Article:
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State funding, health care on UM System wish list

Friday, December 14, 2012 | 6:00 a.m. CST; updated 9:50 p.m. CST, Saturday, December 15, 2012

COLUMBIA — In the spirit of the holiday season, UM System President Tim Wolfe recently presented his "wish list" of issues he wants the system to tackle.

The new year also brings federal and state legislation outside the system's control. Decisions on health care reform, state funding and a potential "fiscal cliff" will adjust the system's plans.

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On a campus level, students, faculty and staff have their own set of hopes for the UM System's agenda in 2013.

Wolfe completes his first year as system president in February. Here's a look at legislative issues with the potential to impact the system, Wolfe's wish list introduced last week at the UM System Board of Curators' meeting and issues others want to see on the agenda. 

Legislative issues

On Dec. 6 and 7, curators heard presentations on several state and federal government decisions that will affect the system.

Health care

Health care reform under the Affordable Care Act will influence the system as an employer and a health care provider. One change the system is exploring is whether a health insurance exchange run by the federal government would benefit its employees.

The curators also are considering a plan to expand coverage to "sponsored adult dependents," which would include domestic partners and other adults living with a university employee for more than 12 months who aren't immediate family members — one's partner or mother-in-law, for example.

This plan is considered to be more inclusive and is expected to add 200 people to the university's benefits plan at an estimated cost of about $1.2 million per year, said Betsy Rodriguez, system vice president for human resources.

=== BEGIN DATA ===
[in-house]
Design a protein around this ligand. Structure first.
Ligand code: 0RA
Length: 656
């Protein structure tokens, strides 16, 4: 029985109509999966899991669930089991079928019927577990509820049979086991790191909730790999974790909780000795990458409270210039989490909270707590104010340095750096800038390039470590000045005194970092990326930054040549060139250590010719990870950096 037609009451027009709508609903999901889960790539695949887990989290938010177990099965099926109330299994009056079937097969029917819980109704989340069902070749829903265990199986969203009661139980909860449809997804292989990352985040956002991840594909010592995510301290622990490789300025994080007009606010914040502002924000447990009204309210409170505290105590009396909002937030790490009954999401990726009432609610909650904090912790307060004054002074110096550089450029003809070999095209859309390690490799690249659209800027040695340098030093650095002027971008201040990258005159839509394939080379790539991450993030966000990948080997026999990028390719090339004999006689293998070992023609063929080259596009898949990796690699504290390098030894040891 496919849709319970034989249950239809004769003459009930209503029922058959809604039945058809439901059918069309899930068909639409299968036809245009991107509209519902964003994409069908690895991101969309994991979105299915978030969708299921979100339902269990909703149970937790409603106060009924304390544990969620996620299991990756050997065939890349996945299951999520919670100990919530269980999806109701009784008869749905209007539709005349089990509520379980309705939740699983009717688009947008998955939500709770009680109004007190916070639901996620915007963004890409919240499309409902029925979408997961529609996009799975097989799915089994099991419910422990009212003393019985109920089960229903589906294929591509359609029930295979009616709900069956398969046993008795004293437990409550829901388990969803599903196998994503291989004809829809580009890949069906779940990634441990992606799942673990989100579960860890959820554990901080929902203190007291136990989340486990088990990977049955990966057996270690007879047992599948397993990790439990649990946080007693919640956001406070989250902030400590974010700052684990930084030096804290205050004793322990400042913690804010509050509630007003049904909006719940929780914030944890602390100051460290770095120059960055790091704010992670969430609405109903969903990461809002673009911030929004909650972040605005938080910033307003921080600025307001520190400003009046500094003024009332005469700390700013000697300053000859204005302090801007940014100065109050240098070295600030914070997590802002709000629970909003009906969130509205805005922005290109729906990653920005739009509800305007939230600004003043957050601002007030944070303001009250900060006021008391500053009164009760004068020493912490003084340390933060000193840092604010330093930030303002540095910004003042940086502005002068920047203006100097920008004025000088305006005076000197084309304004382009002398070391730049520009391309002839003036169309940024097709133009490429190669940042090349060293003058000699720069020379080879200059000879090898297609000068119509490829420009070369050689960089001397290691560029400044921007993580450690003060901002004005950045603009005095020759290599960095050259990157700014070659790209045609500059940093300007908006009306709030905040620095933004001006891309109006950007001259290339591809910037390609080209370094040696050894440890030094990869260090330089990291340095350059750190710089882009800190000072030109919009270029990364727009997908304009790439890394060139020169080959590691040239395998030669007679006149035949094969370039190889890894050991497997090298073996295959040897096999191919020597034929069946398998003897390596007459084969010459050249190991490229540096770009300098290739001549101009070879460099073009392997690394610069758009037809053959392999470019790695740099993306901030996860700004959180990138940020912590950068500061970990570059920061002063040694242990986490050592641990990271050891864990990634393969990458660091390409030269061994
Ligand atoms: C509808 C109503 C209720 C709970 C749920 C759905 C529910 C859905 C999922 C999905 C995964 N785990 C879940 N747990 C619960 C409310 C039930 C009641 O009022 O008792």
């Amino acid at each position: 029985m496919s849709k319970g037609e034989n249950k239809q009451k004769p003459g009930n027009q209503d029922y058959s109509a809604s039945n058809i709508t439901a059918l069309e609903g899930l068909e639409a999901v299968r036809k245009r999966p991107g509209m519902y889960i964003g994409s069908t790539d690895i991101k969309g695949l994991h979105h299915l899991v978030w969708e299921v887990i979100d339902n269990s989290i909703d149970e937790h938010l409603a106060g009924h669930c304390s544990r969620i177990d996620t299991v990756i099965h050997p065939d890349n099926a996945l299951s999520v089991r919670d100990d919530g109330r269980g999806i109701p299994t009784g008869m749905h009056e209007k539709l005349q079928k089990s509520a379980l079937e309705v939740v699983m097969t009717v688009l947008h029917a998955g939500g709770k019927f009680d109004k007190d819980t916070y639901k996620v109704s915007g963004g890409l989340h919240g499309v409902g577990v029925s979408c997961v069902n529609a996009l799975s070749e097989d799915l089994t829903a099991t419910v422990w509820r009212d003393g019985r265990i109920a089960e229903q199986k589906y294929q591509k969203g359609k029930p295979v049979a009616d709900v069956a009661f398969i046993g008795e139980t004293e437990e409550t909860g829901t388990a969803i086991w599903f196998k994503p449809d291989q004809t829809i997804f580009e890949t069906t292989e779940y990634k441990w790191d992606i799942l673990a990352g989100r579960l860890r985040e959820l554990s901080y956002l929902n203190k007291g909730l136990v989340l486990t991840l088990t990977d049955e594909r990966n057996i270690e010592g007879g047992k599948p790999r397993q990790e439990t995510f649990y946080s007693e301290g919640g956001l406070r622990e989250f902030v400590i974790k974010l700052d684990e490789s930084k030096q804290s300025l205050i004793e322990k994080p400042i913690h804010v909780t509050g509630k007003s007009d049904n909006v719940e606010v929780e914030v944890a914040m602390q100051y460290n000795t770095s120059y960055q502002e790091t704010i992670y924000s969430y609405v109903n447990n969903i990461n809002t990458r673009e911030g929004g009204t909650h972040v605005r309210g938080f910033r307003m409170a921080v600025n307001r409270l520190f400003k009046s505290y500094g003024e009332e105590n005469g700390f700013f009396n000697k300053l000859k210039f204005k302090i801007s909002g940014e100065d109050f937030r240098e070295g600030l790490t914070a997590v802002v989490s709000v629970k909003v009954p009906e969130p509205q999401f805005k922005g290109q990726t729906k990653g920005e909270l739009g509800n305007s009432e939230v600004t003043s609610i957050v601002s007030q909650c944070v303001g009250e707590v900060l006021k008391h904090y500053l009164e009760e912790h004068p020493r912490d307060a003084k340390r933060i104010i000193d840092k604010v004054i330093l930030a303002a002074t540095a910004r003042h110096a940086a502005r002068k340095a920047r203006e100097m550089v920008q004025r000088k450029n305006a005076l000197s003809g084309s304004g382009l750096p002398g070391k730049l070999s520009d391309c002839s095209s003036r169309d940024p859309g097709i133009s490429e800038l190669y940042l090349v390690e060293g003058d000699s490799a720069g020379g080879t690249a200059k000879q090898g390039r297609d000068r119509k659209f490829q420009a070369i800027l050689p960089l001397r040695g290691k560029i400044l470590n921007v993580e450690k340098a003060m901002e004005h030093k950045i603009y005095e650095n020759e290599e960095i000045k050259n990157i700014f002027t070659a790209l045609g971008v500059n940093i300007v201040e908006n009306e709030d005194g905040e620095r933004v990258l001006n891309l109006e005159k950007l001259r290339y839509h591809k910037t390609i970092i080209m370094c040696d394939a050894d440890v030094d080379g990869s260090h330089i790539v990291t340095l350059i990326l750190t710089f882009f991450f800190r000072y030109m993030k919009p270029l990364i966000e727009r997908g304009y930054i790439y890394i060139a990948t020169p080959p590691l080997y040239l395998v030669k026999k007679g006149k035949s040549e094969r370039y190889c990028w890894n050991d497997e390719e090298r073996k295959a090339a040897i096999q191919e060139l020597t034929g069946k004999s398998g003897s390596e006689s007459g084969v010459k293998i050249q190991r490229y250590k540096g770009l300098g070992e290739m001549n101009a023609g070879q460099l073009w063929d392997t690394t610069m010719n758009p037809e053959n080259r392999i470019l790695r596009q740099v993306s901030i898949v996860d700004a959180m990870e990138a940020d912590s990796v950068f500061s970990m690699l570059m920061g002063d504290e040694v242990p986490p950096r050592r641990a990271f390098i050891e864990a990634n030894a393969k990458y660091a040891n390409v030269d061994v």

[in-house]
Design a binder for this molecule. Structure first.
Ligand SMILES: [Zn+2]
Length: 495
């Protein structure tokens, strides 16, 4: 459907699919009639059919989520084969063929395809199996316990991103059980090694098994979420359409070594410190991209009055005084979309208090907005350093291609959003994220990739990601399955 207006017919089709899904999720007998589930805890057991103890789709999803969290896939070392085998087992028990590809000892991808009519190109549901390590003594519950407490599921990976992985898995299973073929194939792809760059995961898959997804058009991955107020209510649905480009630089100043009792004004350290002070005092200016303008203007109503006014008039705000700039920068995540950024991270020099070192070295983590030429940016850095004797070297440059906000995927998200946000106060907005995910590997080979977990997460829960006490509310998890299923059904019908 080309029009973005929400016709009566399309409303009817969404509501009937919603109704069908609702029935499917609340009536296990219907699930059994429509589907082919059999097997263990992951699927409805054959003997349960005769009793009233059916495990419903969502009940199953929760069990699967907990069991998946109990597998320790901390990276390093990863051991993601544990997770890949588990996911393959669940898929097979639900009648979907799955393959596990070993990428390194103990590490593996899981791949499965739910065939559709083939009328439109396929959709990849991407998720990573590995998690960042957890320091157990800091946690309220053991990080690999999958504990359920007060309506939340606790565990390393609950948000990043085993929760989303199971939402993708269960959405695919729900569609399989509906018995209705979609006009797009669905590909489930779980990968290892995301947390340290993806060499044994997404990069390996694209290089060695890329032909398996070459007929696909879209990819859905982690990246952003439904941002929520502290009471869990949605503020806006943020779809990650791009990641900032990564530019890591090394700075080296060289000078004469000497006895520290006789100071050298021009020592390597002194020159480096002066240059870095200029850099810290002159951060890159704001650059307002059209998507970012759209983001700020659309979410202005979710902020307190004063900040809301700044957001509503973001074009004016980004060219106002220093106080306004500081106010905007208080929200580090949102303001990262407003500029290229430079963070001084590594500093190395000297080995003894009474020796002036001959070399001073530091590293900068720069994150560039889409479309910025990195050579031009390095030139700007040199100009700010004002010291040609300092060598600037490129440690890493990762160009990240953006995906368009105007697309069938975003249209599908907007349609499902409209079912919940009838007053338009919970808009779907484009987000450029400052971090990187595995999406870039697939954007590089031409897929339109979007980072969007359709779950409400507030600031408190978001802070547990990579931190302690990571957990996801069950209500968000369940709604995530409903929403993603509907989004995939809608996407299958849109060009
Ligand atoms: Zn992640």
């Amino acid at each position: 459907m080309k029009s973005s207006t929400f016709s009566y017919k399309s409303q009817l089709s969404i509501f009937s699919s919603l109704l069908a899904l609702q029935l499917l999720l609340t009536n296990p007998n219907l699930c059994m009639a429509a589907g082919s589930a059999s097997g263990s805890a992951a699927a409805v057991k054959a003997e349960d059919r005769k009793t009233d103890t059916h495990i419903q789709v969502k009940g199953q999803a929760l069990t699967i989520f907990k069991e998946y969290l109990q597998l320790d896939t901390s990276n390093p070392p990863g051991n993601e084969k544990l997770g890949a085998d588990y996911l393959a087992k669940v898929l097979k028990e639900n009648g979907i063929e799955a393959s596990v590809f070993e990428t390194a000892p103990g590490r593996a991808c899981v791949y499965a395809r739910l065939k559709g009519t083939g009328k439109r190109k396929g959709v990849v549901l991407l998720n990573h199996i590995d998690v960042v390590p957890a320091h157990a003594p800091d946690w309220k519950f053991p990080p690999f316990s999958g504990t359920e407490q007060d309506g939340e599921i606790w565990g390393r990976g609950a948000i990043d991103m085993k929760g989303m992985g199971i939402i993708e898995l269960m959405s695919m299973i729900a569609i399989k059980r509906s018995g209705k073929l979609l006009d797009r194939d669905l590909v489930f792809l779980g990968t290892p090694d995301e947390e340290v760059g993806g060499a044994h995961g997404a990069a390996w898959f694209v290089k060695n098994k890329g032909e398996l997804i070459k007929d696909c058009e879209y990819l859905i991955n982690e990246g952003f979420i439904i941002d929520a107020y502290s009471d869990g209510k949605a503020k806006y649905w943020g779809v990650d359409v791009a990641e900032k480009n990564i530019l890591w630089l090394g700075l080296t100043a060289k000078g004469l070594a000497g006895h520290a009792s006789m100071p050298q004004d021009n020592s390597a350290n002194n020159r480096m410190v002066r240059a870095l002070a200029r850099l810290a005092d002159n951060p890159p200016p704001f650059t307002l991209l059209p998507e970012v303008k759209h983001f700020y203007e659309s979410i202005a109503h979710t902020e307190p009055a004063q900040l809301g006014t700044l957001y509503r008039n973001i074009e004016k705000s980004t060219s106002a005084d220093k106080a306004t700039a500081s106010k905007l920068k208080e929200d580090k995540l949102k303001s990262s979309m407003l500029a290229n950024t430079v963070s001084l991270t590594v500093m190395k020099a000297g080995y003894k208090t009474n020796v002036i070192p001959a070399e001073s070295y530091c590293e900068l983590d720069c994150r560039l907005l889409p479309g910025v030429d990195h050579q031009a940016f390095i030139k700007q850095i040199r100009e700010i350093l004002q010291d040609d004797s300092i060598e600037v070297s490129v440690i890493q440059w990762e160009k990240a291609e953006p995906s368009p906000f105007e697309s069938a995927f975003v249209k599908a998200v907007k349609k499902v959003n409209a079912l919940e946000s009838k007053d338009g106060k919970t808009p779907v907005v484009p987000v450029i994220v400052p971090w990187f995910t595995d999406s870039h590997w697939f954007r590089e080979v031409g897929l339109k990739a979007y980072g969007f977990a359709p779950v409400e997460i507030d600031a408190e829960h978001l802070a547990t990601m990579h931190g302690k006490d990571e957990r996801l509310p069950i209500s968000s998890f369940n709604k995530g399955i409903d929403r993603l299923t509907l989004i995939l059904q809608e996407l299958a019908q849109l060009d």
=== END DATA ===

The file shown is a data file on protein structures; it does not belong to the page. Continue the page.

State funding

The Missouri legislature's Joint Committee on Higher Education is working to devise a formula that would allocate funding to universities and colleges to reward them for performance in certain areas.

Wolfe is considering a plan that would redistribute a small percentage of state funding to the system based on how well each campus meets its strategic priorities starting in 2015.

The curators are considering tuition and fee increases to offset unchanged state funding. Since 2001, state funding to the system has decreased more than 10 percent. In turn, the system has relied more on income from tuition and fees, according to system documents.

The curators heard a preliminary report that outlined potential tuition and fee increases for the 2014 fiscal year. Under these recommendations, the system would raise tuition by at least the inflation rate — projected to be 2 percent — at all four campuses. The board is scheduled to vote on the increases in January.

Fiscal cliff

If lawmakers in Washington don't reconcile their differences by the end of the year, the UM System would feel the effects of the "fiscal cliff" — a series of automatic reductions in government spending combined with expiring tax cuts.

As part of the spending reductions, vital segments of the UM System, including federally supported research and student aid programs, stand to lose more than $23 million, according to reports released by the White House and the UM System Office of Government Relations.

In July, Wolfe and the four UM chancellors, along with nearly 150 other university chancellors and presidents, signed a letter to President Barack Obama and Congress that encourages bipartisan, comprehensive budget reform to avoid the federal cuts.

Wolfe has visited with Missouri's legislators and shared the potential damage of federal cuts to the UM System, Steve Knorr, system vice president for government relations, said at the curators' meeting.